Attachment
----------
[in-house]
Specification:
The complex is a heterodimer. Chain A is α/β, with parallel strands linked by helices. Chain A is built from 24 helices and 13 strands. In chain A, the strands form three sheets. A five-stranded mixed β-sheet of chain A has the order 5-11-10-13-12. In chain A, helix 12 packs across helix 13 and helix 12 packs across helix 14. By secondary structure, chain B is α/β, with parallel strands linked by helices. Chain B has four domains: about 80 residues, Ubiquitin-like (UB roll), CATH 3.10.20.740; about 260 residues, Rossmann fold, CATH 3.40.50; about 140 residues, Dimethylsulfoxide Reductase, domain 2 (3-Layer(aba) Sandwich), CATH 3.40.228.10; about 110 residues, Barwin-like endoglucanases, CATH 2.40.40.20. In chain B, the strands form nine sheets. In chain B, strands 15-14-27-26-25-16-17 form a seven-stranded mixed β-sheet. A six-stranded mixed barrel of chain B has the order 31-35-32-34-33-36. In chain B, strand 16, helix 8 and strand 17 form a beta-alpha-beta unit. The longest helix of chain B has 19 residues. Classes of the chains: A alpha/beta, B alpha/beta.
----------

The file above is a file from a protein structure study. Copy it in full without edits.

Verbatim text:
[in-house]
Specification:
The complex is a heterodimer. Chain A is α/β, with parallel strands linked by helices. Chain A is built from 24 helices and 13 strands. In chain A, the strands form three sheets. A five-stranded mixed β-sheet of chain A has the order 5-11-10-13-12. In chain A, helix 12 packs across helix 13 and helix 12 packs across helix 14. By secondary structure, chain B is α/β, with parallel strands linked by helices. Chain B has four domains: about 80 residues, Ubiquitin-like (UB roll), CATH 3.10.20.740; about 260 residues, Rossmann fold, CATH 3.40.50; about 140 residues, Dimethylsulfoxide Reductase, domain 2 (3-Layer(aba) Sandwich), CATH 3.40.228.10; about 110 residues, Barwin-like endoglucanases, CATH 2.40.40.20. In chain B, the strands form nine sheets. In chain B, strands 15-14-27-26-25-16-17 form a seven-stranded mixed β-sheet. A six-stranded mixed barrel of chain B has the order 31-35-32-34-33-36. In chain B, strand 16, helix 8 and strand 17 form a beta-alpha-beta unit. The longest helix of chain B has 19 residues. Classes of the chains: A alpha/beta, B alpha/beta.